Clay Walker Comes Back Home on “Texas to Tennessee”

The crossroads of Clay Walker’s 12th album Texas to Tennessee are evident. A narrative set in the country star’s native East Texas and musical home of Tennessee—the album was recorded between Walker’s current homes of Galveston, Texas, and Nashville. Co-written with Jennifer Hanson (Kelly Clarkson, Rascal Flatts) and Mark Nesler (Tim McGraw’s “Just To See You Smile”), also raised in East Texas, Walker enters the nostalgic— a nearly 30-year career, his present, and his two worlds—within Texas to Tennessee.

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A follow-up to Walker’s 2019 release Long Live the Cowboy, Texas to Tennessee traverses deeper reflections on where he came from and where he stands now. Produced by Michael Knox and Jaron Boyer (Dierks Bentley’s “Somewhere On A Beach”), the 10 tracks ruminate in different lights, from sentimental “Need A Bar Sometimes” and “Catching Up with an Ol’ Memory” desires of I just want a little moment between me and the good ol’ days, to its center point, “Texas to Tennessee,” a more personal track for Walker. 

“I wanted to write a song like this, and I knew that I had to have someone like Martin Nesler and Jennifer Hanson to make it all that it could be,” shares Walker, who recently performed songs from the album at the Grand Ole Opry.

“I’m amazed at how much the song means to me,” he adds. “There’s a lot of things in between the lines. My wife Jessica and I love each other deeply, and there are a lot of lines in the song that mean so much to us individually, and I suspect that there’ll be a lot of people who listen to this, and feel like it connects on a personal level with their personal memories.”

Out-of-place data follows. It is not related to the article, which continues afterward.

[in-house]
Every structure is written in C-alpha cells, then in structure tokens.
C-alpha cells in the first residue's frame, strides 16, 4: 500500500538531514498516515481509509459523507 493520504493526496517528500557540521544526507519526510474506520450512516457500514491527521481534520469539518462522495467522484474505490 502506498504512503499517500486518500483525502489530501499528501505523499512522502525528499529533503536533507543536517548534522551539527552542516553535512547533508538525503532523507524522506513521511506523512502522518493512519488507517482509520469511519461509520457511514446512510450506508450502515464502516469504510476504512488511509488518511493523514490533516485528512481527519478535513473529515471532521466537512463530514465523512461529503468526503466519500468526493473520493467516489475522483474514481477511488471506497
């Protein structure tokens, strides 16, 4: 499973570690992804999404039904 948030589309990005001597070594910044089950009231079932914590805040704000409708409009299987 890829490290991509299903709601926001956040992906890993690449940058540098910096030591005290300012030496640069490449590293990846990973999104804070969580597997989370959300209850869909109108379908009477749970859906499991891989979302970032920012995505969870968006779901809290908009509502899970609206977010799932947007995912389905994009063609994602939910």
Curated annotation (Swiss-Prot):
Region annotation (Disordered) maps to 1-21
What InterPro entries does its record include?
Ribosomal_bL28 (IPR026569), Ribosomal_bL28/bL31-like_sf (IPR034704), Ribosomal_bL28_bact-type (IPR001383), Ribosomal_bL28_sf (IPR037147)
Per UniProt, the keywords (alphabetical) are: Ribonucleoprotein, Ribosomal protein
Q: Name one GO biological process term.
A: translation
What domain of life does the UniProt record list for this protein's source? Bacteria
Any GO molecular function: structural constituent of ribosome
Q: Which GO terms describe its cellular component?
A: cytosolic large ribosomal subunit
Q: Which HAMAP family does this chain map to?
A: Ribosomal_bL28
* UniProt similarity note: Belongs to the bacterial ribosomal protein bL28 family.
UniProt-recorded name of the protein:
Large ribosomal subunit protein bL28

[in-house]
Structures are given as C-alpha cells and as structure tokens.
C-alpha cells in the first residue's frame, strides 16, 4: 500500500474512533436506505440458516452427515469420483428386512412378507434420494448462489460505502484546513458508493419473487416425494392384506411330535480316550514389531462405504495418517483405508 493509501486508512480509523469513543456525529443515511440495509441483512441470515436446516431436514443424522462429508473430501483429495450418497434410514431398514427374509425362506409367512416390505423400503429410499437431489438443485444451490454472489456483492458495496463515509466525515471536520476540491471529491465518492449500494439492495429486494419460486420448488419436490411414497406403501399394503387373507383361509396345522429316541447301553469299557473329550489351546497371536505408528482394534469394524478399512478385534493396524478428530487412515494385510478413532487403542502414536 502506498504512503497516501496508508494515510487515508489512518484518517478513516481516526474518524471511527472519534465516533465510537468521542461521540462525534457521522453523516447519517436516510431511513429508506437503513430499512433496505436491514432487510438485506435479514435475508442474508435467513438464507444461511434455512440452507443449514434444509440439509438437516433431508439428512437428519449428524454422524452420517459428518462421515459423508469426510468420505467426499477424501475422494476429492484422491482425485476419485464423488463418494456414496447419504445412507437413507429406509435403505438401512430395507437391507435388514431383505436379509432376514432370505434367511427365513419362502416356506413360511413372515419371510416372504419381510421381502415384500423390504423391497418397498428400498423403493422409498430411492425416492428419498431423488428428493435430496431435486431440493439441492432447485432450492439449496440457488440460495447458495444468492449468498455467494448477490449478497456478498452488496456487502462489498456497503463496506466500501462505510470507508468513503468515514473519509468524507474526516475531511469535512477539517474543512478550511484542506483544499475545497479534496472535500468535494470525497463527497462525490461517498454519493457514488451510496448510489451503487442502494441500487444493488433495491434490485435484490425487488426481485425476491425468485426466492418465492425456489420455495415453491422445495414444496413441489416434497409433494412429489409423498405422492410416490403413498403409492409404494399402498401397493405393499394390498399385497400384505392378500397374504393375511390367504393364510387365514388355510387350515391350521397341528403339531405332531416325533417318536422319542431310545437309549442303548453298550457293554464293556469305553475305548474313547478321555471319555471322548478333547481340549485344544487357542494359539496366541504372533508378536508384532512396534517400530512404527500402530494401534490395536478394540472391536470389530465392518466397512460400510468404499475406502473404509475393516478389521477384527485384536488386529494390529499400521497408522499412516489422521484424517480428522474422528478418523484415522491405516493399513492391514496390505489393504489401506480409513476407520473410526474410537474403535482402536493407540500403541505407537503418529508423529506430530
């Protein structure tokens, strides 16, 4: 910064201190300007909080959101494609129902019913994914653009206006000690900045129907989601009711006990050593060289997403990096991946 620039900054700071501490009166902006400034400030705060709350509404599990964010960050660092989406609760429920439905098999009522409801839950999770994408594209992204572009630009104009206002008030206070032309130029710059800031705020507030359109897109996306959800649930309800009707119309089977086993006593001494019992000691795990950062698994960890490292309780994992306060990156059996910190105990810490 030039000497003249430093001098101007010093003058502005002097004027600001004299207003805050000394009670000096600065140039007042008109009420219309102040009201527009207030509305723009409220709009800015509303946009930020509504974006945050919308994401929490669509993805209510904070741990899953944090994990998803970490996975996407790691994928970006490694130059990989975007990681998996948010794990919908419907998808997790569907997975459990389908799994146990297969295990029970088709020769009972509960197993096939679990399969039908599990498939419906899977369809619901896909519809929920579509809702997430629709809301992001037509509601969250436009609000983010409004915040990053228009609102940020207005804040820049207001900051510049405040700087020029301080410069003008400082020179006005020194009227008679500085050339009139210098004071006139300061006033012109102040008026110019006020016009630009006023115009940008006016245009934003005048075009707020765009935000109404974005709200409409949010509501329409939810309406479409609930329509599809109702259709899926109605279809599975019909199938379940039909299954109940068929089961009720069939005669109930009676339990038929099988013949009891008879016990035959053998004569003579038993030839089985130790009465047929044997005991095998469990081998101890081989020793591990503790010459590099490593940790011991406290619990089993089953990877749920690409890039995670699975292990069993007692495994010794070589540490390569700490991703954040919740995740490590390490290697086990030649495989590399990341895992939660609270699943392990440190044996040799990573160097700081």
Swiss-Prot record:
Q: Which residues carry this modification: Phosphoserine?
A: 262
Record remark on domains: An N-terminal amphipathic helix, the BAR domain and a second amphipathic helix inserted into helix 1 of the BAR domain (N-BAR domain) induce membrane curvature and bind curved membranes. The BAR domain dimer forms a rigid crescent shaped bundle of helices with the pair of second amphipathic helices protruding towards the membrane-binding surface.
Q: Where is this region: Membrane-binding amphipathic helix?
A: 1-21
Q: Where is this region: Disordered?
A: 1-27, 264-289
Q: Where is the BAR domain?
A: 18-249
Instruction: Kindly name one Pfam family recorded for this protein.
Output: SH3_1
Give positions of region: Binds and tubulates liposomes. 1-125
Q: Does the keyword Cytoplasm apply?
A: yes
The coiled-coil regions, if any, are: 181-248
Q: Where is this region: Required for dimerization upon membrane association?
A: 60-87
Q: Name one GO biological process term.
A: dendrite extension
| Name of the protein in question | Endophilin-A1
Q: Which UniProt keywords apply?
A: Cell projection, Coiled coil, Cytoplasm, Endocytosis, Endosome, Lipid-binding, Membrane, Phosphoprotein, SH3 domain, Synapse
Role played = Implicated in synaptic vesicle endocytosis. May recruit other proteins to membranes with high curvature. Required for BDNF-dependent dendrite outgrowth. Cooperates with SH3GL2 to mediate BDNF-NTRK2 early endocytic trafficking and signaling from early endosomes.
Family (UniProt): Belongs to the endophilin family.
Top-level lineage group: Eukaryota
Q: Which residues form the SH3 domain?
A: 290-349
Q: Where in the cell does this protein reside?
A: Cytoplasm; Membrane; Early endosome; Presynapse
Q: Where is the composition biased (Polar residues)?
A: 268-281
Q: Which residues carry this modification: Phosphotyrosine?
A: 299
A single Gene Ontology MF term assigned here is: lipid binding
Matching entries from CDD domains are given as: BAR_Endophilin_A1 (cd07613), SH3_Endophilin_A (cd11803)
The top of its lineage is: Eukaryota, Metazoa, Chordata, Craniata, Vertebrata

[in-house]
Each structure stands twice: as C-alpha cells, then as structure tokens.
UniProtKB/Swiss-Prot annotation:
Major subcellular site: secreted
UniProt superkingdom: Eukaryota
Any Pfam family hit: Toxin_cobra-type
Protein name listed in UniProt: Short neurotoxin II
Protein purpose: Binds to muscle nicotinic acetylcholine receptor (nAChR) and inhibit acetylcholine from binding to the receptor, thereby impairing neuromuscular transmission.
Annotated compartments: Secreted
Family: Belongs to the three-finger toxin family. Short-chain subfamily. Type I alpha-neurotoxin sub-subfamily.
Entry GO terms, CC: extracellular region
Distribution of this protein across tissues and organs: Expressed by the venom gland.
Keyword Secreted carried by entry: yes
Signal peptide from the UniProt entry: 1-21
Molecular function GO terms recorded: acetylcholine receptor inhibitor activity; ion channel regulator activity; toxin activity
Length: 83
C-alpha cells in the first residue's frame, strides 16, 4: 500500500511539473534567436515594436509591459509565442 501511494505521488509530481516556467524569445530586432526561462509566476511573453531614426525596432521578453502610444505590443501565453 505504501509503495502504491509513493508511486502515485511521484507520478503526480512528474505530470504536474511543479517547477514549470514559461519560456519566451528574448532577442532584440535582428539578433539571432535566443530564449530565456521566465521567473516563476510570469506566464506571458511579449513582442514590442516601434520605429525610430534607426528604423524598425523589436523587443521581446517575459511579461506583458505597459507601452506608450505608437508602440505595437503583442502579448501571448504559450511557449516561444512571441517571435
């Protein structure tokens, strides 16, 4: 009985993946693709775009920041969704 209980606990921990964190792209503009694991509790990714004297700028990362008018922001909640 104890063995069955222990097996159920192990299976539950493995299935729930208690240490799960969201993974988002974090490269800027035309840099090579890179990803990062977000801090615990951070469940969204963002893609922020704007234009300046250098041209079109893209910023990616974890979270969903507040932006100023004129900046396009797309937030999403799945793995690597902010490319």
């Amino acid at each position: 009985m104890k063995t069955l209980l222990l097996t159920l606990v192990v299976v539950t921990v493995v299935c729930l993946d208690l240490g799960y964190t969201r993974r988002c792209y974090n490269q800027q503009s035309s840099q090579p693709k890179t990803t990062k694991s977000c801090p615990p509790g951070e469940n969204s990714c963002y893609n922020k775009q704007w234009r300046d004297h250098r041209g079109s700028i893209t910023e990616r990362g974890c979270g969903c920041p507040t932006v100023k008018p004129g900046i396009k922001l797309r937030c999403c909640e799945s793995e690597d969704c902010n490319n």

On Texas to Tennessee, Walker also wanted to capture specific storytelling, one from a cowboy’s point of view.

“Music has changed so much,” says Walker. “We all know that it’s changed sonically and lyrically, and I really just wanted to capture something that has been a part of my life, which is ‘90s country, from a more of a cowboy perspective and the way that we look at things. I think there’s a lot of values there that still do exist for our country music audience.”

All of the songs on Texas to Tennessee were also more contemplative for Walker. “These songs are all about introspective, and I’ve never done that before, except on my first album [Clay Walker, 1993],” shares Walker. “All the songs I wrote on my first album were all introspective, and then there were other songs written by other writers, but on this one, I co-wrote every song, and every one of these songs has a personal element of experience that I’ve had.”

Remembering country writing in the ’90s and 2000s, the difference says Walker, was that writers back then wrote around the hook and started with a chorus, whereas now they don’t approach a song so pragmatically. 

“These new writers, they’re gunslingers,” laughs Walker. “They’ll start from the first line of the song and take off, and that’s just so different than anything I’ve ever experienced.”

Working throughout the pandemic on Texas to Tennessee, and recording everything by Thanksgiving 2020, Walker says producer Knox, who has worked with Jason Aldean and Trace Adkins, was enlightening. “He had a direction he wanted to go, but he let the songs grow inside the studio, and I was fascinated by his leadership,” says Walker. “The way that he leads is inclusive, not dictatorial. The whole process for me was the easiest and most fun I’ve ever had recording a record.”

Walker adds, “The writers also brought their A-game, and I was able to be a big part of the writing everything. It’s like riding a bike. You start getting in there and sharpening each other, and then it all comes back to you.”

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